637 acres in Lebanon township whereon the furnace was erected and 218 acres of the two other tracts
in Warwick township whereon the forge was erected, the whole to a company enumerated in the
foregoing paragraph for twenty years, at an annual rental of 250 pounds. The first payment was to be
made June 18th, 1746. It was agreed that Peter Grubb should have the use of the soil of part of one
of the tracts whereon the furnace was erected, allowing the company to cut and "cole" timber
(converting it into charcoal) and dig and search for iron ore. Peter reserved the right to dig and
search for other minerals and to use the stream above the furnace bellows if he should have occasion
to erect works for smelting any other ores. Four or more persons within two months, were to appraise
thq furnace, forge, wheels, bellows, "colehouses" (charcoal-houses), etc., that they might be
delivered up in as good condition at the end of the lease, either party to pay as it might be better
or worse, though Peter Grubb should not pay for other furnaces and forges which they might erect for
their own advantage.
In Israel Acrelius's History of New Sweden, written about 1756, appears the following: "Cornwall or
Grubb's iron works are in Lancaster county. The mine is rich and abundant, forty feet deep,
commencing two feet under the earth's surface. The ore is somewhat mixed with sulphur and copper.
Peter Grubb was its discoverer. Here there is a furnace which makes twenty-four tons of iron a week
and keeps six forges regularly at work — two of his own, two beloning to Germans in the
neighborhood, and two in Maryland. The pig iron is carried to the Susquehanna river, thence to
Maryland, and finally to England. The bar iron is sold mostly in the country and in the interior
towns, the remainder in Philadelphia. It belongs to the heirs of the Grubb estate, but is now rented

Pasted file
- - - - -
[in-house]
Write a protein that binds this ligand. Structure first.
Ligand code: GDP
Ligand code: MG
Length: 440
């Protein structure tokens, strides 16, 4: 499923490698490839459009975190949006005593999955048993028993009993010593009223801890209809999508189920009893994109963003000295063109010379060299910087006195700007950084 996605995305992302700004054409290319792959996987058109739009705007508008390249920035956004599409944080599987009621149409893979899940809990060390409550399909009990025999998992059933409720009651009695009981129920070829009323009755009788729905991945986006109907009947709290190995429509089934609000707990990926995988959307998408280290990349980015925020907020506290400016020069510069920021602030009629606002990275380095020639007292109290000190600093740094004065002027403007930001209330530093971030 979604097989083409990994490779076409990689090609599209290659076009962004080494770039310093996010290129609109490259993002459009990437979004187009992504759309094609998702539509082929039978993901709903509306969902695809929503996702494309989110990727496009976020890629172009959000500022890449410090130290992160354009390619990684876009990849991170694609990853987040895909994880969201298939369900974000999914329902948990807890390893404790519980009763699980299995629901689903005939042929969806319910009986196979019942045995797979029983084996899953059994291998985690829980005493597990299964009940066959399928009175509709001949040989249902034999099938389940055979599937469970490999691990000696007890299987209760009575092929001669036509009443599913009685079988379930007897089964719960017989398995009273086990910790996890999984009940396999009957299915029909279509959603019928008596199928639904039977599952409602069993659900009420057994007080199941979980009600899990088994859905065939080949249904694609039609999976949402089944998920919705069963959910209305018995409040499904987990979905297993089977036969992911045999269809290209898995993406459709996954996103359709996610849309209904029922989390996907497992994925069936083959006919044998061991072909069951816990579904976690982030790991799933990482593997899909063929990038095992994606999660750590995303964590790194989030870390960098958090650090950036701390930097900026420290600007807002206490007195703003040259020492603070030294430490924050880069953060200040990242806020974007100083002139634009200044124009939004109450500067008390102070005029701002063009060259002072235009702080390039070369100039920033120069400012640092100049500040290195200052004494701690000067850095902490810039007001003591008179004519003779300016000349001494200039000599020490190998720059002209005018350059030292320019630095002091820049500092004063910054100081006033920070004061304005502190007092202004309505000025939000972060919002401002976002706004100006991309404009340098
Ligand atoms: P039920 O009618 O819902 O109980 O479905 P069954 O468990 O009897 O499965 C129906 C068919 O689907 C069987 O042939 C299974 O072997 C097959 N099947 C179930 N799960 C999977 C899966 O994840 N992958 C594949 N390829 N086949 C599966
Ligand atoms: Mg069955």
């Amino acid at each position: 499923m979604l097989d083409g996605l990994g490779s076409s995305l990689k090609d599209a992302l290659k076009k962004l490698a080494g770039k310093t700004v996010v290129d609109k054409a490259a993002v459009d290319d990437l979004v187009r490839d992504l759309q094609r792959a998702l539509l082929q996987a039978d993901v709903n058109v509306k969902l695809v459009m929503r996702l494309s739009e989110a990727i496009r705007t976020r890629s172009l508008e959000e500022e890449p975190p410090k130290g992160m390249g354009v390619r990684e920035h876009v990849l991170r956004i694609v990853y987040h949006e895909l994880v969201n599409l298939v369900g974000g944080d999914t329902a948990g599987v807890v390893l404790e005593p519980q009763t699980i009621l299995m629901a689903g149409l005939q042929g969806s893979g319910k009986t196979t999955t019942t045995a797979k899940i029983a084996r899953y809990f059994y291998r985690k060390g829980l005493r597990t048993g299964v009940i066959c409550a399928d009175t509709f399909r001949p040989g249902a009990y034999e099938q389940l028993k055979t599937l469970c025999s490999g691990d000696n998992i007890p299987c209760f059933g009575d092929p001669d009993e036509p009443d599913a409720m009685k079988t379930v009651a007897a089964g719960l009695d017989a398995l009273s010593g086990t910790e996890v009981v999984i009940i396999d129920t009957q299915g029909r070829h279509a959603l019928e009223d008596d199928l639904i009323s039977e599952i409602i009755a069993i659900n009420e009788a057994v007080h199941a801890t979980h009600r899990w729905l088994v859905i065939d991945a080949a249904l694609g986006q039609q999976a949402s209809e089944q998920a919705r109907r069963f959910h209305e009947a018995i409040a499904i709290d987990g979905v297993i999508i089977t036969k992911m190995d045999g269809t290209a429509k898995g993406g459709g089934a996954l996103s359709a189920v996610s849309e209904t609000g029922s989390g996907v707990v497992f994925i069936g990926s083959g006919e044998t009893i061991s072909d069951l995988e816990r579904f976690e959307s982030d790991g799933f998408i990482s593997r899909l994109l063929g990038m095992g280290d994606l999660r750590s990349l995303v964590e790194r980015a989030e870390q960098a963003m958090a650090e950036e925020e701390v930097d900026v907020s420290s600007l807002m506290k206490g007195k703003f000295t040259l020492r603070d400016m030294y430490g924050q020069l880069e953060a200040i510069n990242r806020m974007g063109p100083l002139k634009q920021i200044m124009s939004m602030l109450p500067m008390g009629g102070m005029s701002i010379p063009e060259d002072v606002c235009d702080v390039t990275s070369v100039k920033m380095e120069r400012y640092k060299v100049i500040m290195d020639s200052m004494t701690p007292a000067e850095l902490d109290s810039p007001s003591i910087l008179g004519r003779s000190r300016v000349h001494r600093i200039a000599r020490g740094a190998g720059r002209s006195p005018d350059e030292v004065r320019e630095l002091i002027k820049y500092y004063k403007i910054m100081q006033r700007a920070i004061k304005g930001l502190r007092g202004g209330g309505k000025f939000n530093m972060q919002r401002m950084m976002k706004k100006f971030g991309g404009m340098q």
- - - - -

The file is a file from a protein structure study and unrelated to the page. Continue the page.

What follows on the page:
to Gurrit and Co."
Peter Grubb's first wife, who was Martha Bates Wall, widow of James Wall and daughter of Jeremiah
and Mary Bates, died in 1740. In the records of Concord Monthly meeting we find that Peter Grubb of
Lancaster county and Hannah Marshall of Concord, were married 12 mo. 10th, 1741-1742, at Concord
meeting. Hannah was the widow of Thomas Marshall and daughter of Benjamin and Ann Mendenhall of
Concord. She was born 6 mo. 11th, 1696. It is supposed that Peter Grubb moved to Wilmington, Del.
before 1747. Certain real estate transactions on record seem to indicate that he continued to reside
in that place until his death, which occurred in 1754.
Peter Grubb dying intestate, his property was divided between his two sons, Curtis and Peter Grubb,
the former receiving two-thirds and the latter one-third. After the Revolution, Curtis assigned to
his son. Peter, one-sixth of his interest; and this share passing into the hands of Robert Coleman,
laid the foundations of family wealth which the Lebanon and Paris Colemans and the Aldens enjoy.
The history of the Cornwall Iron hills is fraught with thrilling interest and filled with curious
chapters. Many noted personages move through the story. There is the glamour of dazzling riches; the
conflict of blood relatives where financial interests are at stake; the loss of untold wealth
because some old worthy, long since gathered unto his fathers, made a mistake of one word in the
drawing up of a deed; of plots of inheritance and descent, of success and failure, love,